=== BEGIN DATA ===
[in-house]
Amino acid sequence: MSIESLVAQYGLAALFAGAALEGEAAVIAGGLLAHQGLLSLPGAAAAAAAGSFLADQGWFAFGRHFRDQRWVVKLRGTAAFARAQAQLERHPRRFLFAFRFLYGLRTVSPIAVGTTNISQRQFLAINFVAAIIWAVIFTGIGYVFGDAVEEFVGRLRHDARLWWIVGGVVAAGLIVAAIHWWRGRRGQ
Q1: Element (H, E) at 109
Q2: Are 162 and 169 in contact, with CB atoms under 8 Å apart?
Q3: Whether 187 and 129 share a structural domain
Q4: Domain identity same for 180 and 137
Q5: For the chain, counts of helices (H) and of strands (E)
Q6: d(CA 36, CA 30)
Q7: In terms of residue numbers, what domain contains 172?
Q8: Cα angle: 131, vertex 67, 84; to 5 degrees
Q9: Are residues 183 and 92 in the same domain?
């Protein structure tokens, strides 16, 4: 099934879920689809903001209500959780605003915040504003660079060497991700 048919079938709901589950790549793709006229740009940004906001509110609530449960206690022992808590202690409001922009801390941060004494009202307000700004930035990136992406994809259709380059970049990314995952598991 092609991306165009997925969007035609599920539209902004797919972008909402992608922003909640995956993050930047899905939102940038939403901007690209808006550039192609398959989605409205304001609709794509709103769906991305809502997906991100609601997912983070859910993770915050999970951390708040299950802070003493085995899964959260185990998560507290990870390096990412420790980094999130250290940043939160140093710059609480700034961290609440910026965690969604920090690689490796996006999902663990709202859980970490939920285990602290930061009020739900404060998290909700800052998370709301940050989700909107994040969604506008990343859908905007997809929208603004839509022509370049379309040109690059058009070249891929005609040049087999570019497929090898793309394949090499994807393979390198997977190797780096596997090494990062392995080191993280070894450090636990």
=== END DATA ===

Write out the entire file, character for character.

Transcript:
[in-house]
Amino acid sequence: MSIESLVAQYGLAALFAGAALEGEAAVIAGGLLAHQGLLSLPGAAAAAAAGSFLADQGWFAFGRHFRDQRWVVKLRGTAAFARAQAQLERHPRRFLFAFRFLYGLRTVSPIAVGTTNISQRQFLAINFVAAIIWAVIFTGIGYVFGDAVEEFVGRLRHDARLWWIVGGVVAAGLIVAAIHWWRGRRGQ
Q1: Element (H, E) at 109
Q2: Are 162 and 169 in contact, with CB atoms under 8 Å apart?
Q3: Whether 187 and 129 share a structural domain
Q4: Domain identity same for 180 and 137
Q5: For the chain, counts of helices (H) and of strands (E)
Q6: d(CA 36, CA 30)
Q7: In terms of residue numbers, what domain contains 172?
Q8: Cα angle: 131, vertex 67, 84; to 5 degrees
Q9: Are residues 183 and 92 in the same domain?
């Protein structure tokens, strides 16, 4: 099934879920689809903001209500959780605003915040504003660079060497991700 048919079938709901589950790549793709006229740009940004906001509110609530449960206690022992808590202690409001922009801390941060004494009202307000700004930035990136992406994809259709380059970049990314995952598991 092609991306165009997925969007035609599920539209902004797919972008909402992608922003909640995956993050930047899905939102940038939403901007690209808006550039192609398959989605409205304001609709794509709103769906991305809502997906991100609601997912983070859910993770915050999970951390708040299950802070003493085995899964959260185990998560507290990870390096990412420790980094999130250290940043939160140093710059609480700034961290609440910026965690969604920090690689490796996006999902663990709202859980970490939920285990602290930061009020739900404060998290909700800052998370709301940050989700909107994040969604506008990343859908905007997809929208603004839509022509370049379309040109690059058009070249891929005609040049087999570019497929090898793309394949090499994807393979390198997977190797780096596997090494990062392995080191993280070894450090636990």